Willows (genus Salix) are pollen powerhouses in April. From river banks to roadside ditches, these fast-growing shrubs provide abundant food for early spring pollinators. Their inconspicuous, greenish flowers are visited by a variety of different bees and other insects and are likely the primary pollen source for several specialist bees. These specialist bees are only active for a few weeks in the spring when willows are blooming, from which they frantically gather pollen to provision the next generation that develops over the summer in an underground tunnel. In Vermont, at least eight different species of mining bees (genus Andrena) are considered willow specialists, each with slightly different preferences in nesting substrate, climate, and/or willow species. Like most mining bees, they can be tricky to identify from photographs, though several species in this group are quite distinctive. Learn about each species, then go out and see if you can find any in your neighborhood and add them to the Vermont Wild Bee Survey on iNaturalist!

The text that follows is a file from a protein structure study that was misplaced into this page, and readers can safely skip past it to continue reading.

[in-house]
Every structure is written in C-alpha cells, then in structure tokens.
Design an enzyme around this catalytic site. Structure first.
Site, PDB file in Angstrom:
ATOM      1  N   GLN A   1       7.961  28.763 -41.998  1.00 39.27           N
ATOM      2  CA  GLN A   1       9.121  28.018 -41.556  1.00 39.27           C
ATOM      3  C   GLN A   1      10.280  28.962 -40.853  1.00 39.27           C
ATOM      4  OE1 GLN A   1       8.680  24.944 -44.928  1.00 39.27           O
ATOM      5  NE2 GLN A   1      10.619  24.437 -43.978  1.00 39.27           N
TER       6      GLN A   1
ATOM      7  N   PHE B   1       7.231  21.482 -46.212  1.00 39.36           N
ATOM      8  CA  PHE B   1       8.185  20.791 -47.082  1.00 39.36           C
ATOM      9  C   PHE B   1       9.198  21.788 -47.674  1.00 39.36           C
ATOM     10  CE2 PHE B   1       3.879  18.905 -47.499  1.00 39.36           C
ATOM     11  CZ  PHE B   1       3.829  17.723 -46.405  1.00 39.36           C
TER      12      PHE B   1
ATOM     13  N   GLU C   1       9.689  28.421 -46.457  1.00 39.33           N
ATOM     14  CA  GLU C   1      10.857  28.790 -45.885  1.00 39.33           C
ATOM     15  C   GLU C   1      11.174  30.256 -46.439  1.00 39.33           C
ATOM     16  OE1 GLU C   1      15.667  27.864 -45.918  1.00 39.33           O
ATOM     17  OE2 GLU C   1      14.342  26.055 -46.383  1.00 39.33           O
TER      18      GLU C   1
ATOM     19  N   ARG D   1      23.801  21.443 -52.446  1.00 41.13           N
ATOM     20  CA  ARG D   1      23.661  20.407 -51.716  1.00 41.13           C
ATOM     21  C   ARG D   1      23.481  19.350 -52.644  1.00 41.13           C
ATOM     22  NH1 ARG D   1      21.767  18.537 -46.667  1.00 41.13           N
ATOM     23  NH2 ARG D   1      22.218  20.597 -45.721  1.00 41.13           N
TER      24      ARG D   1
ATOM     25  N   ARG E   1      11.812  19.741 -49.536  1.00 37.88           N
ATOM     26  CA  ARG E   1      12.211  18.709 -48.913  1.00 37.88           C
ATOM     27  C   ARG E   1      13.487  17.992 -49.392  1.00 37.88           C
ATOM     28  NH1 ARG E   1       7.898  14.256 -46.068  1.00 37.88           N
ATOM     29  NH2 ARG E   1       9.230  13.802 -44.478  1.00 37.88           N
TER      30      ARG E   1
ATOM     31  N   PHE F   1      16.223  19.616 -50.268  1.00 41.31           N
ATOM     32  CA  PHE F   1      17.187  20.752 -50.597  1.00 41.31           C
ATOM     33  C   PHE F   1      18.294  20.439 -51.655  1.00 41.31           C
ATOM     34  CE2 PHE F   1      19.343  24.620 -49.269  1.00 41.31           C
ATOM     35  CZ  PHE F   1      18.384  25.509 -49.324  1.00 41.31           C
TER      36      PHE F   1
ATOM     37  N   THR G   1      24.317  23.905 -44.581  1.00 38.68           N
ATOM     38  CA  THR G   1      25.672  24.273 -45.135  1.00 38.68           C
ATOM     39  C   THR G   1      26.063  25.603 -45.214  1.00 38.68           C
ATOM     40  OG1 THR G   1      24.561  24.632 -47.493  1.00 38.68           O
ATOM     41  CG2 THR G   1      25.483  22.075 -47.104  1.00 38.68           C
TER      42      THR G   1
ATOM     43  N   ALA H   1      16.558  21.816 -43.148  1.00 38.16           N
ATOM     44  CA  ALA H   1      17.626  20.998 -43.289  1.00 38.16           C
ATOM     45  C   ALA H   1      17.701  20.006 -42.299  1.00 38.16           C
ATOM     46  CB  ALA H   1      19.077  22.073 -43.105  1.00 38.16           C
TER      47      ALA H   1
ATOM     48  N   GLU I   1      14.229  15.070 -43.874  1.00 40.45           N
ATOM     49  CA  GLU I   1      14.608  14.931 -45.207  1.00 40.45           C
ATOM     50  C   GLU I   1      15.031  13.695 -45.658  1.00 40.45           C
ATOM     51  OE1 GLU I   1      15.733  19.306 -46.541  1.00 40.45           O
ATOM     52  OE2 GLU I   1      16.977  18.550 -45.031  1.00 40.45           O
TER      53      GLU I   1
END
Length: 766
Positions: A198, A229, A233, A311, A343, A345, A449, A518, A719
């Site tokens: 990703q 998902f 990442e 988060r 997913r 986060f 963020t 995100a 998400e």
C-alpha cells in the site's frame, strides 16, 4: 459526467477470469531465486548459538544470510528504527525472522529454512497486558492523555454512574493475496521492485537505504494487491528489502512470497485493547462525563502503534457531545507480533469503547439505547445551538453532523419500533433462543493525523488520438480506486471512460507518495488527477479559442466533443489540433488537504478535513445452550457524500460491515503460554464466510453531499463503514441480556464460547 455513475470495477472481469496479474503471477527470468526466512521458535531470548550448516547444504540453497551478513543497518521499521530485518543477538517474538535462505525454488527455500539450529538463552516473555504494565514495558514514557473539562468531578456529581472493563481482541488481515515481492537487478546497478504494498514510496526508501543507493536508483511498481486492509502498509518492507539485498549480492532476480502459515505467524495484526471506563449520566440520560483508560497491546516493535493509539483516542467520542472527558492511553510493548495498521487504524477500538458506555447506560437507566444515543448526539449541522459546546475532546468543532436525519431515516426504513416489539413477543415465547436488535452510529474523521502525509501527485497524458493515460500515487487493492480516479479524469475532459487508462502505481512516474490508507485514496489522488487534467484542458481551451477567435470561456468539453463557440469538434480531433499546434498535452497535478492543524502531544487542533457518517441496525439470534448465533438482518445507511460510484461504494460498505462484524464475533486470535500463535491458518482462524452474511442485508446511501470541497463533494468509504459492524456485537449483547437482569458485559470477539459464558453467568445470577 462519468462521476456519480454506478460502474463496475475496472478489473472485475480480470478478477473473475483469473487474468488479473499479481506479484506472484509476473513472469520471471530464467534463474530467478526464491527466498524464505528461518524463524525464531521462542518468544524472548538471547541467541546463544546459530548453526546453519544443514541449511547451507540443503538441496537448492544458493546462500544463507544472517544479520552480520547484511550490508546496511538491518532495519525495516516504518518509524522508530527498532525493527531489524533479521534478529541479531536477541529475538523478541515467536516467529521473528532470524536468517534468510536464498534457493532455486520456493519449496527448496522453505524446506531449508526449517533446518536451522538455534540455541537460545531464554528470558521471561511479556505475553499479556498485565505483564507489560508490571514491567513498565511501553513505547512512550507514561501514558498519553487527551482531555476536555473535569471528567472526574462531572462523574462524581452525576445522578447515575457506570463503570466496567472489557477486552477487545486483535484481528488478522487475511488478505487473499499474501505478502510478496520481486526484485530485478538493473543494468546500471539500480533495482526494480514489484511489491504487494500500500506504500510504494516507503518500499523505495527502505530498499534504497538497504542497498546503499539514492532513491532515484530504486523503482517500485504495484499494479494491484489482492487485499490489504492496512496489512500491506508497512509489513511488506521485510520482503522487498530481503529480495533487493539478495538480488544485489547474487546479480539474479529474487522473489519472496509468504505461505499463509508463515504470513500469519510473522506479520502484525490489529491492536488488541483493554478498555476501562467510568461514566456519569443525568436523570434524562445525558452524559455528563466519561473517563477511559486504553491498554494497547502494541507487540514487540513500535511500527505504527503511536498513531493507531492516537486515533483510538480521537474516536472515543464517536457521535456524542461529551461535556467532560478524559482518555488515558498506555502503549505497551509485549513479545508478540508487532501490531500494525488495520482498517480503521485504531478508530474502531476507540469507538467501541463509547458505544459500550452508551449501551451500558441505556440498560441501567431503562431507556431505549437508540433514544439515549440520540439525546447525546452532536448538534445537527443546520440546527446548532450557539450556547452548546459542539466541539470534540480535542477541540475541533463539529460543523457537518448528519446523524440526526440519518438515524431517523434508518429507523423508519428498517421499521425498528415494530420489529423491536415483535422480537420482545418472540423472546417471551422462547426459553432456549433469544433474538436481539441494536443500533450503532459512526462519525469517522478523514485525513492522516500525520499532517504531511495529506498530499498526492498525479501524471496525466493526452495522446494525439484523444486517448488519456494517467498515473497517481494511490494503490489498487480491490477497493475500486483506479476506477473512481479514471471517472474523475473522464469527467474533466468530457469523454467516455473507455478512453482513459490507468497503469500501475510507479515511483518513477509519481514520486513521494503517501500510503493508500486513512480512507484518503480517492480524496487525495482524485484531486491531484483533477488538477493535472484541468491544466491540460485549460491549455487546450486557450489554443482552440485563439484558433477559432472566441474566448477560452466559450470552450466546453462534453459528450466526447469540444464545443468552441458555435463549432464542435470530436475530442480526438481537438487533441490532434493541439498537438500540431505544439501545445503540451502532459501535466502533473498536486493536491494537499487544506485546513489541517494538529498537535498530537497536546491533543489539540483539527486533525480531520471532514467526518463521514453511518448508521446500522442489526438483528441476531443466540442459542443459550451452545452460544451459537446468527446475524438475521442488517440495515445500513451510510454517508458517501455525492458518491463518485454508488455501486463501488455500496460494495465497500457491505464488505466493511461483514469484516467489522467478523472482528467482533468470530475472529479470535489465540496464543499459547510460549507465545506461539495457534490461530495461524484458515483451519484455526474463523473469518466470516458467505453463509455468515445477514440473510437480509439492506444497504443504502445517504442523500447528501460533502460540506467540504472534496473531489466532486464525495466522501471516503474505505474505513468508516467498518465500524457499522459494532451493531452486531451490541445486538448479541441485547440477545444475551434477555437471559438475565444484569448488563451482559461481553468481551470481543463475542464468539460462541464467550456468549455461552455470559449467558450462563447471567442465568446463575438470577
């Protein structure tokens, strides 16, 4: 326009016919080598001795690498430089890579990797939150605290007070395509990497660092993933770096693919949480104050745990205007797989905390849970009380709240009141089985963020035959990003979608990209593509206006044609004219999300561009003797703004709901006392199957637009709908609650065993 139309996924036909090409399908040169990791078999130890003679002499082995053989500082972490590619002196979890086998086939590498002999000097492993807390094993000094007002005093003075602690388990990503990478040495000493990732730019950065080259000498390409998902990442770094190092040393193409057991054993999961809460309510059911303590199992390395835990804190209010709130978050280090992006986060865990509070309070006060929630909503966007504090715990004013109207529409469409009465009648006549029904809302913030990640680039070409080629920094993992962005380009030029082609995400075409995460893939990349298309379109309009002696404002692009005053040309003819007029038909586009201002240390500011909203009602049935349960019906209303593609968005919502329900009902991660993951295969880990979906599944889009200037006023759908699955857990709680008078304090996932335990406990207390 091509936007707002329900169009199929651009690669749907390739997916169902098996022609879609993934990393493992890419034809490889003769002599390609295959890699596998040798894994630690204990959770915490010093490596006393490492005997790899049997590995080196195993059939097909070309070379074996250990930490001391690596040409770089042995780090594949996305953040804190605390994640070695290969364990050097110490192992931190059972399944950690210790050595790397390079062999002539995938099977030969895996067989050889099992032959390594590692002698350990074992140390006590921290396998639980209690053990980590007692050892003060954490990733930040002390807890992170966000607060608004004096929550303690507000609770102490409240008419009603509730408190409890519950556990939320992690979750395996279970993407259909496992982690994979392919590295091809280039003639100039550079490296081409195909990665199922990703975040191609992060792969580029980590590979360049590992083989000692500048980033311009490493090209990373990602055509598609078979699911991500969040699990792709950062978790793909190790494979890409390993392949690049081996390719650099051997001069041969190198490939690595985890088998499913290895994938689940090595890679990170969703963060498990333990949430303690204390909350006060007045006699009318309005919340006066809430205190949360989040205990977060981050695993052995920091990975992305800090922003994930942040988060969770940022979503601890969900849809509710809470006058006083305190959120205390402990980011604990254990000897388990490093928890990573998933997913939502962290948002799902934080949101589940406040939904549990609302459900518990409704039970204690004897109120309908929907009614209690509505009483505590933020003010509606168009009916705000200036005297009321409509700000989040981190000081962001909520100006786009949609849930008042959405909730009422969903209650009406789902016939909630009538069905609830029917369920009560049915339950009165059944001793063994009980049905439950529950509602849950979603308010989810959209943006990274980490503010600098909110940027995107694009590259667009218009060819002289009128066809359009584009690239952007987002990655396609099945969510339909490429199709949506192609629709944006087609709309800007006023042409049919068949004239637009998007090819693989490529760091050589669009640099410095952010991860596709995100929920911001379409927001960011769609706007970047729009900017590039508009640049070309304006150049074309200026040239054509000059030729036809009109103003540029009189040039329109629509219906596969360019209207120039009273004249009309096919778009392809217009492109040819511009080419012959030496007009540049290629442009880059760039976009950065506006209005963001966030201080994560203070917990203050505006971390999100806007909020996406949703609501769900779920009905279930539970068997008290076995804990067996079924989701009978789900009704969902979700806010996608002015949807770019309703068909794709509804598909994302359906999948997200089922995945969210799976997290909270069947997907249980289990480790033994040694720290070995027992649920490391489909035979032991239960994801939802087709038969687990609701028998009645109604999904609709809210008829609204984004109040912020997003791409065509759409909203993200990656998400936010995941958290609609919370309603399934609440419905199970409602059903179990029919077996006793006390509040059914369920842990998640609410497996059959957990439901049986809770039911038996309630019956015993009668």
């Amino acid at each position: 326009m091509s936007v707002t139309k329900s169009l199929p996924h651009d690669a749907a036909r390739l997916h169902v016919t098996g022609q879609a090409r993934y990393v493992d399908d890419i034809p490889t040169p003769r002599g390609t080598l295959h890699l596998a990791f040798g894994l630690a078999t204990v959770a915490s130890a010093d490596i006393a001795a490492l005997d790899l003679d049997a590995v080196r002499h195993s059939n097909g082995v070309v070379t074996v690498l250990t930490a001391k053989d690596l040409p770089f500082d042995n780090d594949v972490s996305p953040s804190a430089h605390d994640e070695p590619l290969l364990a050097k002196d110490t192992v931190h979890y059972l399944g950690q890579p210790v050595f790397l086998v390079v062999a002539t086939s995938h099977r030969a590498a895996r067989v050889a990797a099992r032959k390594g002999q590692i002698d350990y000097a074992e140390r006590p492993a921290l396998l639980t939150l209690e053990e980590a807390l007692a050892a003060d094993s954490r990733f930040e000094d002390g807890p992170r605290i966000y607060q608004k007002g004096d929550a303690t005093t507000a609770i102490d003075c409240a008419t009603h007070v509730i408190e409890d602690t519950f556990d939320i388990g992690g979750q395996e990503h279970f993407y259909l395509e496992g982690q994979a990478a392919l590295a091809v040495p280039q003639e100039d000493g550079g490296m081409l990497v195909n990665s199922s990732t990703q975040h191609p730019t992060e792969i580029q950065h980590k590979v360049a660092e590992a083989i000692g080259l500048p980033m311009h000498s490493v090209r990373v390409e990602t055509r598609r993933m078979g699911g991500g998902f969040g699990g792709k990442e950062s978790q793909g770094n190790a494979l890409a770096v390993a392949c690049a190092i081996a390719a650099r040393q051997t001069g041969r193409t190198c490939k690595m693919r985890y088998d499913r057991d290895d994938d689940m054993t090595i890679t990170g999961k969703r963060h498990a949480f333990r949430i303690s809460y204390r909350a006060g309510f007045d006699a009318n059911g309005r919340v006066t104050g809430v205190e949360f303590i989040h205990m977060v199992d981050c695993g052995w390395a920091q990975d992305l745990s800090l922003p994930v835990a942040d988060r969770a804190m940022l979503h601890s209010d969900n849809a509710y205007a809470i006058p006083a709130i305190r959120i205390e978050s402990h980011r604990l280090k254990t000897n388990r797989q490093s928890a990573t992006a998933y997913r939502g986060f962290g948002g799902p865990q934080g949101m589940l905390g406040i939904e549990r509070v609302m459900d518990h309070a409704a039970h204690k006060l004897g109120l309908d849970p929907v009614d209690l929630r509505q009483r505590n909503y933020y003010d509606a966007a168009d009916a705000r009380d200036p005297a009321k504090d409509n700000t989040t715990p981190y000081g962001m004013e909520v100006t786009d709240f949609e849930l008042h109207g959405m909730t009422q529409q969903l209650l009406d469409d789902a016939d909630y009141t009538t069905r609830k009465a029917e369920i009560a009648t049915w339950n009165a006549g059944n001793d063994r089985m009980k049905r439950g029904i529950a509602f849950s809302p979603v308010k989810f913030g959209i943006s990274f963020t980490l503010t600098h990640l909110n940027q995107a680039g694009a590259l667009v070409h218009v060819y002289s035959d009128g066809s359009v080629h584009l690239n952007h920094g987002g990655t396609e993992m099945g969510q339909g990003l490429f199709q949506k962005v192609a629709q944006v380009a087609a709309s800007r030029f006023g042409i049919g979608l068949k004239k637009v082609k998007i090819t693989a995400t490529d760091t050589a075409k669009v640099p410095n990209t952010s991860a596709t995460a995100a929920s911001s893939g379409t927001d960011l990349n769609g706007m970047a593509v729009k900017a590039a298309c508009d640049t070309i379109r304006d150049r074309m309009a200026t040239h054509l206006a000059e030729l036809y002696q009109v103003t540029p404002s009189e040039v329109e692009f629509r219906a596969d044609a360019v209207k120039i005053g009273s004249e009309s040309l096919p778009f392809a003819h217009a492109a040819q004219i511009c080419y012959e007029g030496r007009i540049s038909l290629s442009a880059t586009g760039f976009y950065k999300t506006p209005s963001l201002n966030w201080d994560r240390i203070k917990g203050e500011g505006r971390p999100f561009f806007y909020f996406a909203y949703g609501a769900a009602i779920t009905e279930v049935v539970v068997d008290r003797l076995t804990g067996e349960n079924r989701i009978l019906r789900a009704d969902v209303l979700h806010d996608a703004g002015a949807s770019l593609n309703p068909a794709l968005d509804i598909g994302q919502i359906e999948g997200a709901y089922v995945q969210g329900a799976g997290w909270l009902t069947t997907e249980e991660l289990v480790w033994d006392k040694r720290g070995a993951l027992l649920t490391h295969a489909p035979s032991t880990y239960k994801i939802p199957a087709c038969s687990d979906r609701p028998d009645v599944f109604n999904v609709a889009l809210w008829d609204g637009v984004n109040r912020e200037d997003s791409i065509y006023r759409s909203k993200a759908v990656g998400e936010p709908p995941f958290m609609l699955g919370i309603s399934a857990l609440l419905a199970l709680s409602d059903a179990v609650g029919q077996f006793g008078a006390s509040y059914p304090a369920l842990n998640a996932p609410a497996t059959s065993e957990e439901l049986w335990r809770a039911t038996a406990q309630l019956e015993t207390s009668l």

Spring Peeper <i>(Pseudacris crucifer)</i> © Peter Paplanus
Spring Peeper (Pseudacris crucifer) © Peter Paplanus

From a Peep to a Cacophony

By Kent McFarland

It began as just a few peeps down in the valley, but now a chorus is erupting. In a pond up on the hill, another is just beginning. Within a few minutes, the night is filled with Spring Peepers calling from all directions.